Perhaps the Stars
by Palmer, Ada






With all transportation systems down as war spreads throughout the globe, threatening to destroy everything the Hive system built, Ninth Anonymous must attempt to restore order in a world spiraling closer to irreparable ruin. 50,000 first printing.





Ada Palmer is a professor in the history department of the University of Chicago, specializing in Renaissance history and the history of ideas. Her first nonfiction book, Reading Lucretius in the Renaissance, was published in 2014 by Harvard University Press. She is also a composer of folk and Renaissance-tinged a cappella vocal music on historical themes, most of which she performs with the group Sassafrass. She writes about history for a popular audience at exurbe.com and about SF and fantasy-related matters at Tor.com. Too Like the Lightning is her debut fiction book.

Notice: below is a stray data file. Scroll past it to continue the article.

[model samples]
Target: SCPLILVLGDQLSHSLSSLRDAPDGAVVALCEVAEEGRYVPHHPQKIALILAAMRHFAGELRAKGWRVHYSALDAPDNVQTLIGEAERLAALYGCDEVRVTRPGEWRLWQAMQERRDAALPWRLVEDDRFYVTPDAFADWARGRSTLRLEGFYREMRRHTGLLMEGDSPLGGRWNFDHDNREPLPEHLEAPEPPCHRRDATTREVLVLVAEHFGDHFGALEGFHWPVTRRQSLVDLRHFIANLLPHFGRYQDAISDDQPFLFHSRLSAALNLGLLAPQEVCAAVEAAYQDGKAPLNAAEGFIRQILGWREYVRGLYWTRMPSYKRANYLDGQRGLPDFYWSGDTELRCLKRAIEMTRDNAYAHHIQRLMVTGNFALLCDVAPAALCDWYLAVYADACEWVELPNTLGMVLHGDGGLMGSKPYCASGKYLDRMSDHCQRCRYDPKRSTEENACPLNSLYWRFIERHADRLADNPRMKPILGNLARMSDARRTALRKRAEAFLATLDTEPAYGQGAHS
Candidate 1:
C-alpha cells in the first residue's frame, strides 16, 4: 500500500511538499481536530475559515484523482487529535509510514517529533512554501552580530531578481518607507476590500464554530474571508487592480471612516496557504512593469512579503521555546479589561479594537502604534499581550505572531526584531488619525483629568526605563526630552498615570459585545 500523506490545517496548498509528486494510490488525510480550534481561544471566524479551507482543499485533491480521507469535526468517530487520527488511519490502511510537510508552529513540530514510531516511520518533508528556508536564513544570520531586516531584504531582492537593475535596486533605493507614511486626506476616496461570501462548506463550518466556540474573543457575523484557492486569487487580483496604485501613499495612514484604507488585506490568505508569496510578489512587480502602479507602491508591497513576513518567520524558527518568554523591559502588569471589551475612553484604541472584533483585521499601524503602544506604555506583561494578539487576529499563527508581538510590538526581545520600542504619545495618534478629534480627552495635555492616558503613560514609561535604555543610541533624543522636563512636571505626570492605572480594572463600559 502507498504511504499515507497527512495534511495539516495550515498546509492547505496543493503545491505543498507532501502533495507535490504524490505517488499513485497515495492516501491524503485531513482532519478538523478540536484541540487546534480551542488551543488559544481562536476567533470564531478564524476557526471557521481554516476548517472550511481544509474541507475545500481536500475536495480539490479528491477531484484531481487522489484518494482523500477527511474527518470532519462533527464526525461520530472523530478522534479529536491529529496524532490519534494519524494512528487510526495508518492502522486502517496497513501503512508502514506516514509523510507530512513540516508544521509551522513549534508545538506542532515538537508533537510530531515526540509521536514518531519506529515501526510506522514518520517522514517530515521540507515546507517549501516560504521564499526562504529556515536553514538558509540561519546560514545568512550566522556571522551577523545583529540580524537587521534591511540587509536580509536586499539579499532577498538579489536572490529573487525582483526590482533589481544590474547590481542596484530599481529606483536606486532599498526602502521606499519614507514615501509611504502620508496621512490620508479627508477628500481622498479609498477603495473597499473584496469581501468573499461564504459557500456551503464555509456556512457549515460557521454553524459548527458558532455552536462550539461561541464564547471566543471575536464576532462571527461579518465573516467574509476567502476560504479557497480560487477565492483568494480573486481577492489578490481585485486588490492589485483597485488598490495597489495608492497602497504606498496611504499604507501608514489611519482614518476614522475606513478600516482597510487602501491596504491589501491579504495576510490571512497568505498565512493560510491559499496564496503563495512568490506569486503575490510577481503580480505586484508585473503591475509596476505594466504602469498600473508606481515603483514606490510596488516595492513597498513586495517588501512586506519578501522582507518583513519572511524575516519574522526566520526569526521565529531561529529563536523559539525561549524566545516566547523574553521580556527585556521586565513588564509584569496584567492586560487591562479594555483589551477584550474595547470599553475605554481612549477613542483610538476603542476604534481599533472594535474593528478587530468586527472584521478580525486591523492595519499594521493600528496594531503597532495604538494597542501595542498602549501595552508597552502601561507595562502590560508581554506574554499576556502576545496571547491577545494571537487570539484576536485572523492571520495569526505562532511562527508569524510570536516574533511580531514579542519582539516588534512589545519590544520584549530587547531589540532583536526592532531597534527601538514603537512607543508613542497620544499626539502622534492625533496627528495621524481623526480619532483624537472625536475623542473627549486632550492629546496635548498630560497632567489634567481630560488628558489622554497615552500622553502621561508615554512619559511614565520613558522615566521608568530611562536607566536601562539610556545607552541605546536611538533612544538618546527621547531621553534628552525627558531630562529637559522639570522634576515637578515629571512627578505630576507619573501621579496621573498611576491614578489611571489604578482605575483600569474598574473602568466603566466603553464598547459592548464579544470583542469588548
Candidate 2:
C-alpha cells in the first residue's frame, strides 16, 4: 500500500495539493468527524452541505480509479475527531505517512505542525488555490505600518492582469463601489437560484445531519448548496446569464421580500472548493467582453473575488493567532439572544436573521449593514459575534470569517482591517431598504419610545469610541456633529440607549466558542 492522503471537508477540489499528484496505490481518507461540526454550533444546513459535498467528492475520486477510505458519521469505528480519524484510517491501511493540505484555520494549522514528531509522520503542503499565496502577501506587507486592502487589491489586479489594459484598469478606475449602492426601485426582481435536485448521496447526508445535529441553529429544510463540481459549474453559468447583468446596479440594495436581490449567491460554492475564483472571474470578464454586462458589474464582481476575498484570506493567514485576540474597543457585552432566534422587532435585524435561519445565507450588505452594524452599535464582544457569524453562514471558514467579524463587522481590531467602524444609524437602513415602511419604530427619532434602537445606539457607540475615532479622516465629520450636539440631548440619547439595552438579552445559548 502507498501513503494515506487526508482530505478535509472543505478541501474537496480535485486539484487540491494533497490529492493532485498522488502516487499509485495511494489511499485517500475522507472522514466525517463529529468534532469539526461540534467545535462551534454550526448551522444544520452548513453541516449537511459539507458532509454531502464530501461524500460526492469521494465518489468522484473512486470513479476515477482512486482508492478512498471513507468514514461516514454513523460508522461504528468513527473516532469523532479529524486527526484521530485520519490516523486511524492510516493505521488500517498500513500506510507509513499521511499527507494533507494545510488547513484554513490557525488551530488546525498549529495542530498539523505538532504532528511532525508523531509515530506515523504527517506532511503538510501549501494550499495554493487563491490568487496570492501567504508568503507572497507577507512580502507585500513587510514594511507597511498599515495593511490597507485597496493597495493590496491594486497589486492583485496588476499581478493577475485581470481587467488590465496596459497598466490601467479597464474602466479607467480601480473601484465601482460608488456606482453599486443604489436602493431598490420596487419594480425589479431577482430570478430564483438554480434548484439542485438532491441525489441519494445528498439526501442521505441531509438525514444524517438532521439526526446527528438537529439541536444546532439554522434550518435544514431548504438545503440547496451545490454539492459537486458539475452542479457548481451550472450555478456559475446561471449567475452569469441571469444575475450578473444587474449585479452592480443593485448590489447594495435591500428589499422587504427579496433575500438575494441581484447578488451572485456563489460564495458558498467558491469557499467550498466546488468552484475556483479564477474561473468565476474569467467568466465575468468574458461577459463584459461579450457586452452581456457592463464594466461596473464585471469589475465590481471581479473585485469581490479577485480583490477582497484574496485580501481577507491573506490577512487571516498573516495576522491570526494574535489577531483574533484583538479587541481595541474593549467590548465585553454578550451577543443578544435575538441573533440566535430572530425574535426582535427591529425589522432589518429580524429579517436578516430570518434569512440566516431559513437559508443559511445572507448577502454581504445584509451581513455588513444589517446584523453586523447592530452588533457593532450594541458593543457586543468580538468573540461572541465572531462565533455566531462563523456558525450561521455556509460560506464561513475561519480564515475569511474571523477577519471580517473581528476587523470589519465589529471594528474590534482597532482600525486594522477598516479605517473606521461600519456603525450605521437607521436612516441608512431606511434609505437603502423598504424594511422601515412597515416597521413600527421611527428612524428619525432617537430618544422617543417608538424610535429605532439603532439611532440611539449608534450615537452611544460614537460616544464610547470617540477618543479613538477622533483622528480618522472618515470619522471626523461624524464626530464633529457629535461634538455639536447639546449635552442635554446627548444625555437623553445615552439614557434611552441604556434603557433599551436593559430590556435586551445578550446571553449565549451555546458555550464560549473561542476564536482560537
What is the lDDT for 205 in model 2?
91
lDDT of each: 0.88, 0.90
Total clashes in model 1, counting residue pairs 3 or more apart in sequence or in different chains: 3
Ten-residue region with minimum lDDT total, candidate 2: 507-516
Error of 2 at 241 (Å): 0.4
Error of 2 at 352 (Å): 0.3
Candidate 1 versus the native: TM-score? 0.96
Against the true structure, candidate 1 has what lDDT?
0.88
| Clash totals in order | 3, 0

The fourth and final volume in the Terra Ignota series, a science fantasy set on a 25th-century Earth where people affiliate by philosophy and interest instead of geography. For the first time in centuries, the world is seized by war-once the combatants actually figure out how to fight one. While rivalries among the Hives provide several motives for conflict, primary among them is whether J.E.D.D. Mason, the heir to various political powers and apparently a god from another universe in human form, should assume absolute rule over the world and transform it for the better. Gathering any large group to further the progress of the war or the possibility for peace is hampered by the loss of the world transit system of flying cars and the global communications network, both shut down by parties unknown, indicating a hidden and dangerous faction manipulating the situation for its own ends. As events play out, they bear a strong resemblance to aspects of the Iliad and the Odyssey, suggesting the persistent influence of Bridger, a deceased child who was also probably a god. Is tragedy inevitable, or can the characters defy their apparent fates? This often intriguing but decidedly peculiar chimera of a story seems to have been a philosophical experiment, but it's difficult to determine just what was being tested. The worldbuilding-part science, part magic-doesn't really hold up under scrutiny, and the political structure defies comprehension. The global government consists of an oligarchy of people deeply and intimately connected by love and hate on a scale which surpasses the royal dynasties of old, and it includes convicted felons among their number. Perhaps the characters are intended as an outsized satiric comment on the way politicians embrace expediency over morality or personal feelings, but these supposedly morally advanced potentates commit so many perverse atrocities against one another it is difficult to engage with them as people. At times, they seem nearly as alien as J.E.D.D. Mason. Curiously compelling but not entirely satisfying. Copyright Kirkus 2021 Kirkus/BPI Communications. All rights reserved.






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